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Tillabooks: Will's Book Blog

Sunday, July 11, 2004

The Last Book of Swords: Shieldbreaker's Story by Fred Saberhagen. New York: Tor, 1994. ISBN: 0-312-85001-8

I don't read a lot of the fantasy that is published these days because quite honestly, it's boring. Much if not most of it is tiresomely formulaic in the tradition of The Lord of the Rings:

  • in a feudal medieval style setting where some form of magic works
  • a hero or heroine is sent on a quest
  • involving some sort of talisman which
  • holds the key to defeating the seemingly overwhelming forces of evil about to engulf the world and
  • often the hero[ine] acquires a ragtag band of companions to accompany him or her on the quest.
This worked great for Tolkien, but it quickly pales when author
after author rewrites the same basic storyline over and over again.
So I tend to react with a great deal of relief and yes, gratitude whenever I encounter a fantasy series that is based on a truly unique and fresh set of constraints. Such is the case with Fred Saberhagen's Swords series. Set in a universe which previously housed the justly reknowned Empire of the East trilogy (which I encountered in its more widely distributed omnibus edition), these stories revolve around a dozen magical swords each of which has its own unique power wielded by whoever holds it.

I must have first started reading the Swords series around 1988 or so, because once I finished those that were available at the time, I kind of lost track of when new ones came out, and was never sure just how many of them I had actually read. I know for a fact that I had never read this Last Book of Swords, so when I happened across it on the sci-fi/fantasy shelves in my local library the other day, I was happy to snatch it up. But I'm not positive if I've read the 6th or 7th volumes which precede it either. Something I definitely need to check on.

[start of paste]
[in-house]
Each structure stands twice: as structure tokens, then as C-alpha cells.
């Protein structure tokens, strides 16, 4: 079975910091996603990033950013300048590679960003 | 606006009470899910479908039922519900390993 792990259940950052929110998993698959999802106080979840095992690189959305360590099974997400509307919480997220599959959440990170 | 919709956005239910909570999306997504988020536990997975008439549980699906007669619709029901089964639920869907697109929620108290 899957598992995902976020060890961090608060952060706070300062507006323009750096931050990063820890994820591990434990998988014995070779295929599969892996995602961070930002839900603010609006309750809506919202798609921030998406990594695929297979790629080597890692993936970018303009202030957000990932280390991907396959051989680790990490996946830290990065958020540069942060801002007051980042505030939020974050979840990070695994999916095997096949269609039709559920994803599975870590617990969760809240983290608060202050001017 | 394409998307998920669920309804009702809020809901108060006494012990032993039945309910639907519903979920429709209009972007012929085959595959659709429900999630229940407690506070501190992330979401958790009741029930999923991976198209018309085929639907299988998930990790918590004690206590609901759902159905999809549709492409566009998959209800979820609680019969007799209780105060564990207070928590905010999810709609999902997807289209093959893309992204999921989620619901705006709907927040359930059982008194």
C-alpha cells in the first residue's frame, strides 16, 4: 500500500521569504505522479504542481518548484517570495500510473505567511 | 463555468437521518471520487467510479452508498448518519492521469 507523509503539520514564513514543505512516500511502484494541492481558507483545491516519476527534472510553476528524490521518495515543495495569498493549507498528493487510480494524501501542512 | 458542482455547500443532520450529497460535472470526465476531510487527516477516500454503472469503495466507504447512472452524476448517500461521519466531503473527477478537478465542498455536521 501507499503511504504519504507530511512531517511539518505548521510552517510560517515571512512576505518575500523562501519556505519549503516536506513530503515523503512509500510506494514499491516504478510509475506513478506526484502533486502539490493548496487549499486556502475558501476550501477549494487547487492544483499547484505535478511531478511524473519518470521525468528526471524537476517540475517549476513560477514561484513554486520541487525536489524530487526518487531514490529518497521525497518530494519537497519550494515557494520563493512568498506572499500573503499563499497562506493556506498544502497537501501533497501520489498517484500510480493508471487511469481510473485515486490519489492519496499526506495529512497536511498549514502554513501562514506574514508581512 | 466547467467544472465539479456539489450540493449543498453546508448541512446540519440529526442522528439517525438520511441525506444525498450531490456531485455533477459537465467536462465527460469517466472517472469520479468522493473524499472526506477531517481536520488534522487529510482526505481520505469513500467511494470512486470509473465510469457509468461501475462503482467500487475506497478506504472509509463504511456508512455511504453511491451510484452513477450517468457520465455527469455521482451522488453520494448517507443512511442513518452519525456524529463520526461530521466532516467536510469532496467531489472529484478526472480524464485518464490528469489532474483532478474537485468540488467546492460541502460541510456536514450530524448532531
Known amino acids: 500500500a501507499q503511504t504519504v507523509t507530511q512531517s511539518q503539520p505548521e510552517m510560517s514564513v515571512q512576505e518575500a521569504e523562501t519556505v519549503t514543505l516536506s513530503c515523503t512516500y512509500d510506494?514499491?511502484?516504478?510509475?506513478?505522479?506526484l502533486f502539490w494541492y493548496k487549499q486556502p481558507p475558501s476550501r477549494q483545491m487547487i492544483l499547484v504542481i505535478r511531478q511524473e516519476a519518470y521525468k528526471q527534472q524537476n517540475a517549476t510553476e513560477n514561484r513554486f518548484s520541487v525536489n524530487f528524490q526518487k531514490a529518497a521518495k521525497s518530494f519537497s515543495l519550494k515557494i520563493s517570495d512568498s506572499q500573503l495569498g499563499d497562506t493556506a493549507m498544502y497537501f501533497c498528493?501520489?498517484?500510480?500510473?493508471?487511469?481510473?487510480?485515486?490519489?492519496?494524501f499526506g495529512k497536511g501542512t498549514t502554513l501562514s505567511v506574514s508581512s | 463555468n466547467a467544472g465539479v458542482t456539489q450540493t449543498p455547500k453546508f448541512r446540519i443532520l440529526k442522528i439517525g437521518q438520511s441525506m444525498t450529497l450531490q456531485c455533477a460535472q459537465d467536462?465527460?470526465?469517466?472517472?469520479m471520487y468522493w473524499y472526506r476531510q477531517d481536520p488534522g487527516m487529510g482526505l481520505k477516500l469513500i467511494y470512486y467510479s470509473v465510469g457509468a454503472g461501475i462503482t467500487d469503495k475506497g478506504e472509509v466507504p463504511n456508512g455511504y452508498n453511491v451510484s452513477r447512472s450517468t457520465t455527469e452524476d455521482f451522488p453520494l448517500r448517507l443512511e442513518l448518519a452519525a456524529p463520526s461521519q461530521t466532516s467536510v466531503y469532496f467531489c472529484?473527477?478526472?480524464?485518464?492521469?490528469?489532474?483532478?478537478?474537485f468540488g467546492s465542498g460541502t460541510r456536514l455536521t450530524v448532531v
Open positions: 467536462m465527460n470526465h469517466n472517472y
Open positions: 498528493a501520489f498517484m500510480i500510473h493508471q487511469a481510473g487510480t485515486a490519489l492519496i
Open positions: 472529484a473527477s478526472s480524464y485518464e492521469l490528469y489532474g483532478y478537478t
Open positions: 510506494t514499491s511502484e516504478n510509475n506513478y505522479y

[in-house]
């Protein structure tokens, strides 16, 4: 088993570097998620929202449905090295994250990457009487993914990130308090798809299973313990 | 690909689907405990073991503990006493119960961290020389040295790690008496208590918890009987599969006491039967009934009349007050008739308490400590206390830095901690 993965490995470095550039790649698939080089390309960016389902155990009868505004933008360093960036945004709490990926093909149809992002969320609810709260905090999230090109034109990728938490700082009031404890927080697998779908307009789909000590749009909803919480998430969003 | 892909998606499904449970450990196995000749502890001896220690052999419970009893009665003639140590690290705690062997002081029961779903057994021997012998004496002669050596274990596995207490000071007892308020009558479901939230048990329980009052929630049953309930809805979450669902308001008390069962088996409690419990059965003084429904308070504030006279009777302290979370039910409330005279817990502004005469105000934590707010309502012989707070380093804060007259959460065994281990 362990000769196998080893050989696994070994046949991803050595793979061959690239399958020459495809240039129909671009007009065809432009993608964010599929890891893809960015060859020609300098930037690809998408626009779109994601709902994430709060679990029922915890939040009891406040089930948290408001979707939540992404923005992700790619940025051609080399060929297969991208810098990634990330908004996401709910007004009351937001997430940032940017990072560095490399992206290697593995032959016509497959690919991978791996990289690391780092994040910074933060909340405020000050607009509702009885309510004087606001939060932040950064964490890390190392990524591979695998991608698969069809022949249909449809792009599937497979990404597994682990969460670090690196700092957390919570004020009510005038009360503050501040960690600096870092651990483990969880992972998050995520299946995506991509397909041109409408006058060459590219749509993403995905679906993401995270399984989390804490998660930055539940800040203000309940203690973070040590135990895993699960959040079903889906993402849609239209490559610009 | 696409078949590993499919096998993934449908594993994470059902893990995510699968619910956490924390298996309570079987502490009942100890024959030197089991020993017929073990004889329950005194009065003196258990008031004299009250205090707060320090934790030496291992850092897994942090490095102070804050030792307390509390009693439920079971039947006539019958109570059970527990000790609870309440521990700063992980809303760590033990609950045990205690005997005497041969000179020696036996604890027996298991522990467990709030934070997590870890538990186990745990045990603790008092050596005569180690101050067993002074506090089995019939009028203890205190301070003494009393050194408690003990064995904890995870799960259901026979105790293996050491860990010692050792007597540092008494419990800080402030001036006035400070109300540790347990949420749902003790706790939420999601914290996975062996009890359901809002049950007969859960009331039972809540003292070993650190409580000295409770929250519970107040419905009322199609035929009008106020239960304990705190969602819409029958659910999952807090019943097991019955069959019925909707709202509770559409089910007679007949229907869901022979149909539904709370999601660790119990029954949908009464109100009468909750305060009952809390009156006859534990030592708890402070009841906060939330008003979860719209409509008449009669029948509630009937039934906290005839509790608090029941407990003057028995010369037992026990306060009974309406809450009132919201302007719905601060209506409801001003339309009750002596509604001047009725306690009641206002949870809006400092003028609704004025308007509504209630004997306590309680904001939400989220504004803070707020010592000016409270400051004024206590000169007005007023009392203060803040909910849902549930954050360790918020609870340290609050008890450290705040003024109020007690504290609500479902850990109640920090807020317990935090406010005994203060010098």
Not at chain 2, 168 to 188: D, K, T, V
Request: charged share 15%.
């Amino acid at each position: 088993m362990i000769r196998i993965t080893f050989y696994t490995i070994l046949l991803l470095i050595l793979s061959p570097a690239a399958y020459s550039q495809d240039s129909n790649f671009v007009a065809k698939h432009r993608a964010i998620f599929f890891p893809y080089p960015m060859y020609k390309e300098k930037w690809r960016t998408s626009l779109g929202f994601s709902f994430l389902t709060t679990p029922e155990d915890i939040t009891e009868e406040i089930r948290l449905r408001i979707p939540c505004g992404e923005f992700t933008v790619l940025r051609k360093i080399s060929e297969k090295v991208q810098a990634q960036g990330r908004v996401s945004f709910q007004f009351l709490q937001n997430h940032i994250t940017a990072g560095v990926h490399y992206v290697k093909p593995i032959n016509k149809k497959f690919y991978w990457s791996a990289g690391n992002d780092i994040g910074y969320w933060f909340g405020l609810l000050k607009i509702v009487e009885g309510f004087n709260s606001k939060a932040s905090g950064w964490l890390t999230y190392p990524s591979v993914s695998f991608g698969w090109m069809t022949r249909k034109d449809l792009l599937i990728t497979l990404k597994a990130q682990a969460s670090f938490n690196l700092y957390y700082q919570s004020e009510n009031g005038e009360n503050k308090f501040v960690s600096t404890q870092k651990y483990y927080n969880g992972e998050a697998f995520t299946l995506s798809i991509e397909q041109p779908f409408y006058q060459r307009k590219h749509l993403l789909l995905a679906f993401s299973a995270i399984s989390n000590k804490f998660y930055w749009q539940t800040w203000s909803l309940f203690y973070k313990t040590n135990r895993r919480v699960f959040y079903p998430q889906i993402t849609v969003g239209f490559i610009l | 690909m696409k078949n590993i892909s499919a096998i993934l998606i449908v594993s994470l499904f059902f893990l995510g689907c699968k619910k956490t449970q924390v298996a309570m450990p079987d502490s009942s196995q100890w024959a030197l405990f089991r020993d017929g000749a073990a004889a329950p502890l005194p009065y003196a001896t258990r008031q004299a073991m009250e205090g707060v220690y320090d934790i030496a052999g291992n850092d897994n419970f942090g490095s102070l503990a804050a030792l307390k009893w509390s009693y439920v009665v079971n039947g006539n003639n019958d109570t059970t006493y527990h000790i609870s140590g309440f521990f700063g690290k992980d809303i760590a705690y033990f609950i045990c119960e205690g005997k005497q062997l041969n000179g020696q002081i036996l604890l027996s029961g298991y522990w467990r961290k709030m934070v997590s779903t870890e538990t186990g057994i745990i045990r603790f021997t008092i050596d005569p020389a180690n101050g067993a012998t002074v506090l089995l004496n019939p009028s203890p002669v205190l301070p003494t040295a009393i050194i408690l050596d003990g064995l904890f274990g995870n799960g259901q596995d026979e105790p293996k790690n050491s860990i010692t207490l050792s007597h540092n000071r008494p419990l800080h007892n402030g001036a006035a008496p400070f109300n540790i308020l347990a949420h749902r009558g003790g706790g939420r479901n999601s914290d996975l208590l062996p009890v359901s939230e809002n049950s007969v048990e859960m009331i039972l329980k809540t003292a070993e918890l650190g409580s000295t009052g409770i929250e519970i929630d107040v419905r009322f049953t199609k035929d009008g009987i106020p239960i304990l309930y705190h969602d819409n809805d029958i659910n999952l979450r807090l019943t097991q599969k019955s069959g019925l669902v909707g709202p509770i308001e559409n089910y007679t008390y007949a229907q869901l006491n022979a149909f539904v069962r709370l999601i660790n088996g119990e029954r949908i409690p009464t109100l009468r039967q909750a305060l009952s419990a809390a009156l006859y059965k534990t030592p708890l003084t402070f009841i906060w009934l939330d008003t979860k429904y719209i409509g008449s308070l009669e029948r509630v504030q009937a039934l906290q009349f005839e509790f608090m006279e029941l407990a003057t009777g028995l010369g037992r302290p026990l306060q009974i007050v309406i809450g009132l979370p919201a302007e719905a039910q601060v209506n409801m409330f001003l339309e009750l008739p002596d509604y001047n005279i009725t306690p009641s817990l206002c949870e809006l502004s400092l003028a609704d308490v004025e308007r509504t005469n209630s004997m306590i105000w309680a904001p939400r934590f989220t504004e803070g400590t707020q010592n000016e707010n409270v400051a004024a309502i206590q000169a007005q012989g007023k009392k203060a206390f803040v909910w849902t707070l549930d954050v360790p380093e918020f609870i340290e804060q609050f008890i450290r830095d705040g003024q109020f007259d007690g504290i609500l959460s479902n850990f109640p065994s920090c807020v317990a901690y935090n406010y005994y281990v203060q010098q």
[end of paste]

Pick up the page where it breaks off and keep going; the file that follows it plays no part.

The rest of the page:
This final volume starts out as entertainingly as the rest, but ultimately suffers from a singularly major flaw: it has way too much emphasis on wrapping up the story and tying up all the loose ends, in a manner that becomes increasingly predictable and pat as the book winds down.

Less than half way through the book it becomes annoyingly obvious that Saberhagen is deliberately destroying most of the swords, one after another. The only real suspense is whether they will all be destroyed, or if any remain, which will it be?

Frankly, I would have preferred a more open-ended approach. Saberhagen has already opened the Swords universe to other writers with the 1995 collection An Armory of Swords, which I have yet to read, and am looking forward to. If he was tired of the series himself, why not just let other writers continue it? The Last Book of Swords becomes less entertaining the further you read, as the story trails off and the end game moves become more and more obvious. Recommended only if you've read the rest of the series, and obviously need to know how it comes out.

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